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‘The Wire’ Writer David Simon Tapped for Writers Guild of America Award

December 19, 2013  |  Variety  |  No Comments

David Simon, whose credits include “The Wire,” “Treme” and “Homicide: Life on the Street” — has been tapped as the recipient of the Ian McClellan Hunter Award for career achievement from the Writers Guild of America East. “David Simon’s distinguished career is a celebration of his ability to combine the street smarts of the cityside... Read more

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You’ve Come a Long Way, Silicon Valley

December 17, 2013  |  All Things Digital  |  No Comments

At the first big technology conference I attended, the Consumer Electronics Show in Las Vegas a decade ago, I squeezed past hundreds of attendees on the show floor and was surprised to find myself alone in the ladies’ bathroom. Down the hall, the line for the men’s bathroom snaked out the door. Throughout my career at The Wall Street Journal, I’ve used my casual ladies’ bathroom observations as my own barometer to measure the number of women at events and, more broadly, in the tech community. The more women I see in the field, the less likely it is that just a team of guys are making and marketing tech products. Eleven years later, I’m happy to report I now regularly wait in line for the ladies’ rooms at conferences and product announcement events. A lot has happened since that first conference and I’ve had a front-row seat on this ever-changing industry. I’ve never written exclusively for or about women; rather, I hope my columns are read by anyone interested in learning more about a product. But privately I’ve noted the industry’s shift away from masculine marketing and product designs. In my final column this week, I’m taking a moment to look back at a few examples of how products geared toward women shaped this industry, counting failures and successes. First, the misses. A great example of a now-defunct company that tried entirely too hard to appeal to women with its product was the 2009 Palm Pre. The pebble-shaped smartphone had a slide-out keyboard and the company was proud to note that women would like the mirror that was revealed on the back of the pulled-down keyboard. On top of that, its commercial felt like a cross between a coordinated dance routine and a soap opera, complete with a woman standing on a rock in a windblown dress while she organized her digital life on a Palm Pre. A woman’s breathy voice-over said she was working on sorting “my family’s lives, friends’ lives, work life, play life, my life today and my life next week.” At the end of the commercial, the woman sat on the rock in the middle of a field with her dress tucked under her. All women do this, right? One of the most well-known failed attempts to design for women came in the shade of pink. After years of designing dull black and silver products, tech companies seemed to think they found the solution for appealing to all women by slapping a rosy hue on a device and calling it a female favorite. As laptops, cameras, cellphones, headphones, Bluetooth headsets, portable speaker docks, mice, keyboards and other products flooded the market, women continued to look for the best products with the best user interfaces—not just the pink ones. Another more recent failure: Verizon’s Droid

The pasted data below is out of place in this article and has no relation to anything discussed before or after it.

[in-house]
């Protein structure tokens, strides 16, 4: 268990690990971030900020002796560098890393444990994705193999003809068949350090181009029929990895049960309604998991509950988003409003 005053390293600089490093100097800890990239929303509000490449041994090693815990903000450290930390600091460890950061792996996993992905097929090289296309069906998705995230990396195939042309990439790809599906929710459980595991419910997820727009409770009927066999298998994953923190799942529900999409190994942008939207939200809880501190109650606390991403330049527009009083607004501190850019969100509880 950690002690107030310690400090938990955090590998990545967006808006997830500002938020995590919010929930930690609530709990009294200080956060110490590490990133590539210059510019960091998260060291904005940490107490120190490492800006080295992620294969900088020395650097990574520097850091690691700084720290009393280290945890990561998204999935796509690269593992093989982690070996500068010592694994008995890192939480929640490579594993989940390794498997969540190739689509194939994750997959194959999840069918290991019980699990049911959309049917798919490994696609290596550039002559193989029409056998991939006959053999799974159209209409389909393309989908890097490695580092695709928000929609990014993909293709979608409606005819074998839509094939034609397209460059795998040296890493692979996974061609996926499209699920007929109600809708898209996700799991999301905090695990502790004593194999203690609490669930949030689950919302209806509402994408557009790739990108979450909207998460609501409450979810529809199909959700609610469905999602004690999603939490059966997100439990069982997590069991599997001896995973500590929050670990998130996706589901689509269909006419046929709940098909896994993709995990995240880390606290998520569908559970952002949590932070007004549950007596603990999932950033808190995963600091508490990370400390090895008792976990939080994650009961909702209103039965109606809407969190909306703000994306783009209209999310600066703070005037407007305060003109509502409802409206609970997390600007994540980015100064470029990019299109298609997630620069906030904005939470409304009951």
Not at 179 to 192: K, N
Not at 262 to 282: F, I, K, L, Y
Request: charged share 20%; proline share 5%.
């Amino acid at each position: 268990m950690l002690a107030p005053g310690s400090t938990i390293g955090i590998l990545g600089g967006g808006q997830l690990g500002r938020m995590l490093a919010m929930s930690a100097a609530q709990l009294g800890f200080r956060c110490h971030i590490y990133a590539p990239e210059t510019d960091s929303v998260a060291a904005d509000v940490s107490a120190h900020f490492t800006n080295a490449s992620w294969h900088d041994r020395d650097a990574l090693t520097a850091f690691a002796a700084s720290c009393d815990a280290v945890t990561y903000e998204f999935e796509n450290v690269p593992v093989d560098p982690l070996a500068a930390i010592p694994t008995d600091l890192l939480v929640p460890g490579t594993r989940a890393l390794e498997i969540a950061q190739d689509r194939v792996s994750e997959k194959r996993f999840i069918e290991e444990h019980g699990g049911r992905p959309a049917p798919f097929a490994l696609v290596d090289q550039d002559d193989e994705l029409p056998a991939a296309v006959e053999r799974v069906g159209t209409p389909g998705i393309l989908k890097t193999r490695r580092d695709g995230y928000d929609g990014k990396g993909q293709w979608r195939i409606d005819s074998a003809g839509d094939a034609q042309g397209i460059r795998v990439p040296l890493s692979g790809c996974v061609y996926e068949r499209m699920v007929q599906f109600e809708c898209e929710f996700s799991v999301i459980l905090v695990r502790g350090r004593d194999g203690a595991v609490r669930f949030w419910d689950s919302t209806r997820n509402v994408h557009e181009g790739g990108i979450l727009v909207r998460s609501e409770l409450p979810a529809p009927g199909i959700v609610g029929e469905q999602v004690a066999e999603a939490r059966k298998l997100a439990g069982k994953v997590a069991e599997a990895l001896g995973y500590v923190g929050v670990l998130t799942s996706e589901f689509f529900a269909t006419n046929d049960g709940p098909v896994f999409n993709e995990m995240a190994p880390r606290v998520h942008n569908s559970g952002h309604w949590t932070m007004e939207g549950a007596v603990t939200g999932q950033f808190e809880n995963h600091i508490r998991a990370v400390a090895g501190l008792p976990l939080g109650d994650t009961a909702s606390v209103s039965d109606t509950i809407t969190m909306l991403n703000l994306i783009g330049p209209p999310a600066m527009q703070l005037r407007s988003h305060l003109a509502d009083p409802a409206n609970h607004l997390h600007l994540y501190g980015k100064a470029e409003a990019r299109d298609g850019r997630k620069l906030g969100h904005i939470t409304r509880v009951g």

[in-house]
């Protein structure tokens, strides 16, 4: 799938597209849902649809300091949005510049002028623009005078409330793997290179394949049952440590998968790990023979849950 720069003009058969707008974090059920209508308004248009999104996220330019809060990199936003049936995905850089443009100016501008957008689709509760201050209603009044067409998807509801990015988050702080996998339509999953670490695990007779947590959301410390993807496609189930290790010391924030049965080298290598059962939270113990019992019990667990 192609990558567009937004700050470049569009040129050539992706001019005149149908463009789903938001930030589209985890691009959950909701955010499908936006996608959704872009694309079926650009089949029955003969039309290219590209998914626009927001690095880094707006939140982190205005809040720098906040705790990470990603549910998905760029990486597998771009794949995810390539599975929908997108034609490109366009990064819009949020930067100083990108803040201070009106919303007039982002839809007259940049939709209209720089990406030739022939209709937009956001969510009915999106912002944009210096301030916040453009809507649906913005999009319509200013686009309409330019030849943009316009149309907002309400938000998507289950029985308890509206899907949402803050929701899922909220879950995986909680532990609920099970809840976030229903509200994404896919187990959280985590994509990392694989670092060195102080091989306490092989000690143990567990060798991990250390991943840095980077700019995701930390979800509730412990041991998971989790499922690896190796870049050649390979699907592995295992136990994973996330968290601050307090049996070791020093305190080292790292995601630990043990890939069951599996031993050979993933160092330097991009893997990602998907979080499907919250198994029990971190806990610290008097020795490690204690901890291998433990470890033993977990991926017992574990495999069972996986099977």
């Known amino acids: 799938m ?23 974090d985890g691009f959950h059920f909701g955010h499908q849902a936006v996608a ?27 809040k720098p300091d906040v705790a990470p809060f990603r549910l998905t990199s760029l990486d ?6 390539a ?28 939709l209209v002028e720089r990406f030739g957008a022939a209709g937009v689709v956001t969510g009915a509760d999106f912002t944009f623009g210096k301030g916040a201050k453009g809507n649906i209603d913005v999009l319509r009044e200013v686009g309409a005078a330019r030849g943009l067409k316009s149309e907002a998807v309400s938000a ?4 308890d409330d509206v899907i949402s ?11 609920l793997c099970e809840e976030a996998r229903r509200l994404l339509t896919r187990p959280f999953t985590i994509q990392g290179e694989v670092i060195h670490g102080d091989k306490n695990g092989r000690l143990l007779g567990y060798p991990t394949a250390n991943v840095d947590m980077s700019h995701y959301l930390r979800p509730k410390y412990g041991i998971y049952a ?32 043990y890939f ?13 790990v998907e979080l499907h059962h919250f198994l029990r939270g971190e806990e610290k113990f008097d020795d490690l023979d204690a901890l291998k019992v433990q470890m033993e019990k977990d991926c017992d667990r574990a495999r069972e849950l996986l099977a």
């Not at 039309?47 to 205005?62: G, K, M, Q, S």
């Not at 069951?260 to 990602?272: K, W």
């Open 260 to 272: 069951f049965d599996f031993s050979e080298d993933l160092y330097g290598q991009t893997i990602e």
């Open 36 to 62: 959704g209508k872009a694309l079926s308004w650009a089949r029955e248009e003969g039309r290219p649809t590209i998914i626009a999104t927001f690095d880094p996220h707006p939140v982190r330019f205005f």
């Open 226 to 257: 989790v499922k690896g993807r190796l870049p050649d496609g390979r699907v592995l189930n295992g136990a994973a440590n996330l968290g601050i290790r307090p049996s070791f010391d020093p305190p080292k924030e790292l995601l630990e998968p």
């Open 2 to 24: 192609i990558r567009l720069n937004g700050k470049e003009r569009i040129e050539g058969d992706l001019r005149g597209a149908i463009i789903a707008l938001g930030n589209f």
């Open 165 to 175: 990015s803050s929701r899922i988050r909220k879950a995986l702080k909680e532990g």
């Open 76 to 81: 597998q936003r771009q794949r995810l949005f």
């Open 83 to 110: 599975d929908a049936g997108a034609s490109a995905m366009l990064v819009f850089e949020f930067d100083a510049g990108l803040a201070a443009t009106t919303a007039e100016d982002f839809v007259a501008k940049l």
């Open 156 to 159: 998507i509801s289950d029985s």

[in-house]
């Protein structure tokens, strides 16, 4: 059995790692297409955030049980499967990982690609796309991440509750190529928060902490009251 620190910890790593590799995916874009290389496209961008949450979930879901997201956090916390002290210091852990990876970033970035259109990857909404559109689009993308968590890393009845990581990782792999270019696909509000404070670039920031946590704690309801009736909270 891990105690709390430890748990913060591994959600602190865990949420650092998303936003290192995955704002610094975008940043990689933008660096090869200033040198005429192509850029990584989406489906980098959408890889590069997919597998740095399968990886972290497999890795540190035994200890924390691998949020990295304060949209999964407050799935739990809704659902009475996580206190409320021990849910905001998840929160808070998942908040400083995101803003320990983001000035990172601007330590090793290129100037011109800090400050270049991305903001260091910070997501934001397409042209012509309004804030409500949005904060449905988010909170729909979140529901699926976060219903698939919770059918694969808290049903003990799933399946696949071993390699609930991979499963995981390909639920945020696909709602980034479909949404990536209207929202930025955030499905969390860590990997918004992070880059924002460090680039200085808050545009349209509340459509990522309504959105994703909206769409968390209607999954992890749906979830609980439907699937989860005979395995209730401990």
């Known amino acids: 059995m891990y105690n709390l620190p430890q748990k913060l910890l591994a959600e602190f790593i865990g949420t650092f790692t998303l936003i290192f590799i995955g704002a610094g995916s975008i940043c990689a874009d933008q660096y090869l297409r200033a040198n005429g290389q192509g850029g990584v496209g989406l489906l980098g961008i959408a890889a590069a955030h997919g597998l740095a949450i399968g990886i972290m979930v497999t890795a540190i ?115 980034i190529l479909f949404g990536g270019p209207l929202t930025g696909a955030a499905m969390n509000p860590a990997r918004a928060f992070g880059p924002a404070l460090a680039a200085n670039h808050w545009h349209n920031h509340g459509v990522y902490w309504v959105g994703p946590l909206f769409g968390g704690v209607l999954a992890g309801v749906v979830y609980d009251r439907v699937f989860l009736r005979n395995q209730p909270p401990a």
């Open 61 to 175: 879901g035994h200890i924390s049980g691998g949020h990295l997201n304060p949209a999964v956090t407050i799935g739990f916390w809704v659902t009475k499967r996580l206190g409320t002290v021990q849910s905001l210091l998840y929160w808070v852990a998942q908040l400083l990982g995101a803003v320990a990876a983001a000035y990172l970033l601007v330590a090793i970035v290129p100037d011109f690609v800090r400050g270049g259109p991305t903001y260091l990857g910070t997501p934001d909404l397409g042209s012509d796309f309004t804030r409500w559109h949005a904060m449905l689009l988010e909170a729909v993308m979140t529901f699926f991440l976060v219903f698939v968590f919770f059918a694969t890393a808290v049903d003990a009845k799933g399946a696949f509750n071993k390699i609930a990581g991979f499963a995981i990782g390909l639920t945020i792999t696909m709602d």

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FCC’s Wheeler Pulls Media Ownership Proposal

December 17, 2013  |  Media Week  |  No Comments

The Federal Communications Commission’s review of media ownership rules, now nearly three years late, is likely to drag on even longer. New FCC chairman Tom Wheeler has decided to withdraw the proposal to relax the rules circulated by his predecessor, Julius Genachowski, and replace it with his own, according to a Wall Street Journal report .

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Twitter Steps Up Test of Local Tweet Discovery Feature

December 14, 2013  |  All Things Digital  |  No Comments

As AllThingsD first reported in April , Twitter is continuing to test a feature that surfaces nearby tweets based on a user’s location. Spotted by The Wall Street Journal in the wild, the feature looks to be a separate swipe-able timeline — and opt-in only, in its current state.